Deodorant. There is a fine line between co-worker and friend. Some people ride the line easily and without issue. Others were taught that ne’er the two shall meet. I am FIRMLY in camp one.
One of my favorite mottos is Life Happens at Work. And my life has happened at work. If I am going to work as hard as I do and for as many hours, life is going to happen during the hours that overlap with my job. Work is where I met some of my closest friends, where I am going to share my authentic self, where I have had medical diagnoses delivered, where I met my kids’ dad, where I have been honored to share news from co-workers about their life’s milestones. Those milestones include celebrations, but also tragedy, heartache, and strife.
I have always erred on the side of becoming closer with co-workers, vendors and clients, fully believing that those close bonds make the work more rewarding and builds a collaborative environment that transcends the work itself.
While I can honor and respect those who fully separate their work and their home lives, the lines for me remain blurred. And I believe I gain so much from creating those strong bonds. When we care about each other on a personal level, my asks are for me as a person, not as ‘the boss’. I find that it is easier to ask because we have a relationship based on mutual respect and partnership. We have built up equity between us. The strong bonds fall into the easy give and take between people who genuinely care about each other.
My choice to forge these friendships is not always easy. I have had to fire friends who were as close as family (heck, I fired a cousin who was interning for my company and not meeting expectations). I have given tough feedback when the work was not aligned to the role, and met up later the same day for a social event. I have attended funerals and Shivas, held space for grieving mothers experiencing pregnancy loss, helped strategize care giving challenges and life changes. Personal moments that I was honored to be ask to share in. Celebratory milestones and life’s everyday moments. And I am a hugger (pre and post Covid) which can also be disarming to some. (I do always ask first.)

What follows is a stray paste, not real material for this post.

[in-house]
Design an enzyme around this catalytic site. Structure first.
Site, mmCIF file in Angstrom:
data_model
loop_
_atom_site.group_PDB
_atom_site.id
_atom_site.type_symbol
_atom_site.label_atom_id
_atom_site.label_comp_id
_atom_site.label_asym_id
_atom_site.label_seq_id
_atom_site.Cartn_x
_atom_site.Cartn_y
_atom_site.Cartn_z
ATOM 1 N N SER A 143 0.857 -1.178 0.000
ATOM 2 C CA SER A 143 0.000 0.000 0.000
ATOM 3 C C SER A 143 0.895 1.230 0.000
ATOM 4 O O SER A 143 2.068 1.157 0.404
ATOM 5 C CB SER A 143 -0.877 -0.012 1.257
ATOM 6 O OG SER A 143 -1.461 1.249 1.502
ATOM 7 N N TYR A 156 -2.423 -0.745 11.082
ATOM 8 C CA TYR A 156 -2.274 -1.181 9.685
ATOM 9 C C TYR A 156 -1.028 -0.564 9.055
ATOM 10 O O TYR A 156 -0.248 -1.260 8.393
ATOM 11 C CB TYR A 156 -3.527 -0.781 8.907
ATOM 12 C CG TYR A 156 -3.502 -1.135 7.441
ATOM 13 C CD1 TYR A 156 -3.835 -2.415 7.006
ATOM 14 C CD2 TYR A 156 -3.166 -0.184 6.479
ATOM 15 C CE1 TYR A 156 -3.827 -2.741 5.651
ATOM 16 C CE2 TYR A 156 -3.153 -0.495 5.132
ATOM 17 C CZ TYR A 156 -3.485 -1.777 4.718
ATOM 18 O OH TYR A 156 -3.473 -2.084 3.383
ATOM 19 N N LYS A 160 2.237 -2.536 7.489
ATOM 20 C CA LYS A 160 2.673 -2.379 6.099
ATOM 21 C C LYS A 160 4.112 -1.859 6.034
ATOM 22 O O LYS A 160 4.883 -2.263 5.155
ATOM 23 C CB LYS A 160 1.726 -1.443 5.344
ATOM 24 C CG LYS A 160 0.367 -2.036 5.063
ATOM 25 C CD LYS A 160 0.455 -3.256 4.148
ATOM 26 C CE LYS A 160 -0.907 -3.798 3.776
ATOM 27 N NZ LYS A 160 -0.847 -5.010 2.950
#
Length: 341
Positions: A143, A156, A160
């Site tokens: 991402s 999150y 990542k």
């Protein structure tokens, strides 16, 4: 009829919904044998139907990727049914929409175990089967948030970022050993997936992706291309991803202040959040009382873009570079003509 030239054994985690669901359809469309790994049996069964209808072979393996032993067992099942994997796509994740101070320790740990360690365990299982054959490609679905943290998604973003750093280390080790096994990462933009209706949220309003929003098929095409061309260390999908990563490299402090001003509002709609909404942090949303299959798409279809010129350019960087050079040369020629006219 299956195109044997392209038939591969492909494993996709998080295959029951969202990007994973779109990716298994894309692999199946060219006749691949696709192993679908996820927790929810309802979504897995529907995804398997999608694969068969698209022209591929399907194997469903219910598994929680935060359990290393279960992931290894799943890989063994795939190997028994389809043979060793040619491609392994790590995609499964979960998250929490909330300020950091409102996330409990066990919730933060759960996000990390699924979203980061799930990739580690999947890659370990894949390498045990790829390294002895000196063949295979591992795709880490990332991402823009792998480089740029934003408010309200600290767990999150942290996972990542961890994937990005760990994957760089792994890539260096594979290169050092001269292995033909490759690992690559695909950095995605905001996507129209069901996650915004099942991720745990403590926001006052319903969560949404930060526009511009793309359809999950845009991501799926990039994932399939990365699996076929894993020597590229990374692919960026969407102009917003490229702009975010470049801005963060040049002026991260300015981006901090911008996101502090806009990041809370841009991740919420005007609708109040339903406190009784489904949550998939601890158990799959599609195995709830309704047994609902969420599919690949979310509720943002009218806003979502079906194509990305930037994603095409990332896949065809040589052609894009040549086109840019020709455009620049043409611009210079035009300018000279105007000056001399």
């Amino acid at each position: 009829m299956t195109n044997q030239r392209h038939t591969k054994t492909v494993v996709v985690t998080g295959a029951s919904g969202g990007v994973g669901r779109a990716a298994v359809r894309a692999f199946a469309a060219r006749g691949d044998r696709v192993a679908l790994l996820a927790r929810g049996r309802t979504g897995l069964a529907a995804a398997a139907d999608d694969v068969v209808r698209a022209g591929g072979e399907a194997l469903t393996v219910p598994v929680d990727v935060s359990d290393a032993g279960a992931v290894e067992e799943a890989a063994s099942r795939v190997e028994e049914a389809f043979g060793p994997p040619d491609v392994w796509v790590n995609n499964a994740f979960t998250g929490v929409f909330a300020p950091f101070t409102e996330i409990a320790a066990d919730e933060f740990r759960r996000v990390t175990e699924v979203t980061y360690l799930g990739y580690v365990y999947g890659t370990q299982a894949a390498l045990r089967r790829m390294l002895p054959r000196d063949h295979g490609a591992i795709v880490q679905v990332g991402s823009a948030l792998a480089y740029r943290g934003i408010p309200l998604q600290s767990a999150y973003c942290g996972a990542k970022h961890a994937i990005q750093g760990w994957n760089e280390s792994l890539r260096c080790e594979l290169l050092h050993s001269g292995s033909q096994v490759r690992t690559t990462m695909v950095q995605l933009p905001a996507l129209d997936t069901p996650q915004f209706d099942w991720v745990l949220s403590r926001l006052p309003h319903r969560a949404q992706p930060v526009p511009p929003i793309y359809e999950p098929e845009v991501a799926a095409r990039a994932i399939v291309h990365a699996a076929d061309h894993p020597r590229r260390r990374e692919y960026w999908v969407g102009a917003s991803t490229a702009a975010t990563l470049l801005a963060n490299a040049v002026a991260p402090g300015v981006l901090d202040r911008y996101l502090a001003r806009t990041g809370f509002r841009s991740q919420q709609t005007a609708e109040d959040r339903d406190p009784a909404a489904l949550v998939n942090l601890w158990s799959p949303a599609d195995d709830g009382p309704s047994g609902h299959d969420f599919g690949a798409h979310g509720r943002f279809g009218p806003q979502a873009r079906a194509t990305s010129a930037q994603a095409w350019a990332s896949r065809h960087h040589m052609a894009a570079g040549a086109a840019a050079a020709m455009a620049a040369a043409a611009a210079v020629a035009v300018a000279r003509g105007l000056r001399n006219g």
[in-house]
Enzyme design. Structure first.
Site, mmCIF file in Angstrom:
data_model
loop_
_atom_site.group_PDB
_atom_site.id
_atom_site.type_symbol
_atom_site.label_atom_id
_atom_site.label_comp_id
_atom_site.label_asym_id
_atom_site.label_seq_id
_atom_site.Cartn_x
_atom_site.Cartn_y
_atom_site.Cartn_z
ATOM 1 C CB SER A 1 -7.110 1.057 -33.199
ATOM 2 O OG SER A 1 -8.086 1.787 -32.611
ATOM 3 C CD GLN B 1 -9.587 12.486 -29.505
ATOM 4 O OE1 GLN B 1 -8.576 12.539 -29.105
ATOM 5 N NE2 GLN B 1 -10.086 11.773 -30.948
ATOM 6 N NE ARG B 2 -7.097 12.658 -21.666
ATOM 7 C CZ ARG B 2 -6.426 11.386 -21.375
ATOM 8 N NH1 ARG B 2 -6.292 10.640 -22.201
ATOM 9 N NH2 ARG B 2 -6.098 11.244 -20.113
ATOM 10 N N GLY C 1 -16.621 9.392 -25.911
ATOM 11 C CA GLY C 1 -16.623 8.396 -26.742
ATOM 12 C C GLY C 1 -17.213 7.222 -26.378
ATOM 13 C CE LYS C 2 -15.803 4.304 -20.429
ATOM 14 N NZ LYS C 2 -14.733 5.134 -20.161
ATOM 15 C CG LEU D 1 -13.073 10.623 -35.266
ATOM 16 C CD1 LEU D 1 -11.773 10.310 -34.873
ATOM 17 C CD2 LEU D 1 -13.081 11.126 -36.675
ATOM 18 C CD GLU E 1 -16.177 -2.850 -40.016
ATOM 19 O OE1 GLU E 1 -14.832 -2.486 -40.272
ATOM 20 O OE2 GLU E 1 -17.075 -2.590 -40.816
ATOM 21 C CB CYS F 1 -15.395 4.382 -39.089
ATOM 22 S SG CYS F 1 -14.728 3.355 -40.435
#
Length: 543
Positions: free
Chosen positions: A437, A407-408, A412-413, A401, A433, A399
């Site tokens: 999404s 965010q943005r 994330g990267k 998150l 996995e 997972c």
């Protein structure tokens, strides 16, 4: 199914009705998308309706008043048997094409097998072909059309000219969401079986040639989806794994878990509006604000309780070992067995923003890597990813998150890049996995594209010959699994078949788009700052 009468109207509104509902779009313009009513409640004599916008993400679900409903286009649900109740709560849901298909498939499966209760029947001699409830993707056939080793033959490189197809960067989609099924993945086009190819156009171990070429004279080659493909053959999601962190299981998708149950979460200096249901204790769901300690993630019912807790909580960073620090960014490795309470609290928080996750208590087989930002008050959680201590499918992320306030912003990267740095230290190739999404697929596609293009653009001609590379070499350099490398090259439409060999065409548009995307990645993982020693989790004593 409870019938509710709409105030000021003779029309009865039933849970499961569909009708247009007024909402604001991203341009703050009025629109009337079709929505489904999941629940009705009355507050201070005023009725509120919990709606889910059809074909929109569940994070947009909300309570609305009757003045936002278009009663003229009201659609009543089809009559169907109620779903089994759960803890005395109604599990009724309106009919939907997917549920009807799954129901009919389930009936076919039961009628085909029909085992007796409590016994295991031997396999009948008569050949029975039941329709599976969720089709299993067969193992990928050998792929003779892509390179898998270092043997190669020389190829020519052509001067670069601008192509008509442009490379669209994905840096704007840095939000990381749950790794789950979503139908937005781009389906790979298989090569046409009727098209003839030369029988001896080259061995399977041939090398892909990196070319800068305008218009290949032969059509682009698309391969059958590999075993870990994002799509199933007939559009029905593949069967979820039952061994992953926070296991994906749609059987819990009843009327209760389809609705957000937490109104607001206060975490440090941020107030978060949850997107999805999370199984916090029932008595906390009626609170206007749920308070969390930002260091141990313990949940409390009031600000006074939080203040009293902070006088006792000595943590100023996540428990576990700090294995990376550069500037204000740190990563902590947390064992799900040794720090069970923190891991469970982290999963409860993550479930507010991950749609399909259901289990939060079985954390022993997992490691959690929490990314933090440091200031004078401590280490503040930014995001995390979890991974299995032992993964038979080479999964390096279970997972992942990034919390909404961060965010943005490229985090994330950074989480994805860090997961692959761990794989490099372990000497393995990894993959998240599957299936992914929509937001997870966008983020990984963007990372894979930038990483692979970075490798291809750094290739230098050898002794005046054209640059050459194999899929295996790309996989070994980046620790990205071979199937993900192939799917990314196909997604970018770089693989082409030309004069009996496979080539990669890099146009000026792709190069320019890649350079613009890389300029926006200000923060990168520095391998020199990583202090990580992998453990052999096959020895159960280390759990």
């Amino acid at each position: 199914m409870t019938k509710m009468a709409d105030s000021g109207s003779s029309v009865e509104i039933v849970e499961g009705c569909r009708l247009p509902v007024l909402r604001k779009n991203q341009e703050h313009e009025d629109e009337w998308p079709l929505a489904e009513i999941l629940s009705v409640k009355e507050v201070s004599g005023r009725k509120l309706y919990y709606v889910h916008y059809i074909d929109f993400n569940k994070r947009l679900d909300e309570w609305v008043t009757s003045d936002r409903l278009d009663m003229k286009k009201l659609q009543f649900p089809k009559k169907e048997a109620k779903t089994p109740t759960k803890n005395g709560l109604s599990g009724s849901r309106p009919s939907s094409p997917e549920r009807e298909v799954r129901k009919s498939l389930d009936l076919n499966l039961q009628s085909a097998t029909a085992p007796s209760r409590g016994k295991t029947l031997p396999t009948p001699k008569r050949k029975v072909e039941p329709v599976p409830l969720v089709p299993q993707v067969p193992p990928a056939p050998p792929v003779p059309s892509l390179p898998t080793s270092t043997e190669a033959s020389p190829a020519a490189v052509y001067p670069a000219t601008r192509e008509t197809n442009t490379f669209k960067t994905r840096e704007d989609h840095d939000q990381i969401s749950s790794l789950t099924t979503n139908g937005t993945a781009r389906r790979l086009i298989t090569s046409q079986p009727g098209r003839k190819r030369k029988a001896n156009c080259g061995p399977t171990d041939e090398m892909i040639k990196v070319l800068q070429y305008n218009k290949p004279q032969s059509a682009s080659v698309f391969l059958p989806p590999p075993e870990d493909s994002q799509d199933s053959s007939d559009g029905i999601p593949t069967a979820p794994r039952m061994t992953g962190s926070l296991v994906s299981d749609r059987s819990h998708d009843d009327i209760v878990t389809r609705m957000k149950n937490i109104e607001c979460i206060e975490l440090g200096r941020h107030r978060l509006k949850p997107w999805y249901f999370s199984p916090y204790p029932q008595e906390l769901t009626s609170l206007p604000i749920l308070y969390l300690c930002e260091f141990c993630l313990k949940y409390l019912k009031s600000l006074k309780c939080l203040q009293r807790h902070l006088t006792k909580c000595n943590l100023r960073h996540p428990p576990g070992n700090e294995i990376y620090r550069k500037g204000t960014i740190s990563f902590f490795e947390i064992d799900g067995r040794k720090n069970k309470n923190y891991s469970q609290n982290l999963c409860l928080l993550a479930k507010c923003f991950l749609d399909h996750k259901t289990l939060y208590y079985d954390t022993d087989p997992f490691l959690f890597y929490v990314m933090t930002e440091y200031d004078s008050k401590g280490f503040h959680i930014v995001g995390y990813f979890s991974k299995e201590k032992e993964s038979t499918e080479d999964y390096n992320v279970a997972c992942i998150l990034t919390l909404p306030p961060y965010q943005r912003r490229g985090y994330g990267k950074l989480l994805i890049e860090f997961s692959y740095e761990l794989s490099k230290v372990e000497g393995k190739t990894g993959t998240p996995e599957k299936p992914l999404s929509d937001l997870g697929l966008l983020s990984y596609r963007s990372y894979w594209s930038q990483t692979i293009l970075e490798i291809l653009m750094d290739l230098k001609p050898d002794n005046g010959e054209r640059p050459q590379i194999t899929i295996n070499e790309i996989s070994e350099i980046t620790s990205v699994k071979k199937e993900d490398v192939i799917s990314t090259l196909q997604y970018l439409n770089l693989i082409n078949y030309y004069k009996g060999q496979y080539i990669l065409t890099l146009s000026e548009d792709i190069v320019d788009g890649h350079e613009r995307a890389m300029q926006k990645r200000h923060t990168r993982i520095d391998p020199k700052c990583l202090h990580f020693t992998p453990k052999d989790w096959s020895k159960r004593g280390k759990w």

Here are some of the funnier moments where my co-workers were much more than just people I worked with:
My brother married my direct report. I asked a woman that worked with me to go out on a pity date with my brother. They fell in love and have been married 18+ years.
I may have had a few too many. A co-worker made sure I got safely to my hotel room and then watched pay per view movies on my hotel bill while I slept it off.
He forgot to pack socks. A direct report called me frantically one morning on a business trip telling me (“the boss”) he hadn’t packed socks and asked if I would run out and buy some.
I dropped him at his vasectomy appointment. A co-worker and I attended a funeral that ran later than expected. The only way to make his appointment was if I dropped him on the way.
My boss broke my ribs. At a work celebration, a twirl around the dance floor ended up with him falling on me and two broken ribs.
These may have crossed the line. Or maybe not. I look at each of these stories and think about the long history of hard work: successes and challenges, not just the personal connections. For each personal anecdote, there is a long list of client wins, business deals, happy customers. We did the work, but we also were enriched by our relationships and authentically ourselves.
Oh, and the deodorant? Thanks to my client who graciously stopped on her way to our offsite when I forgot to pack my own. Our friendship allowed me to make the ask.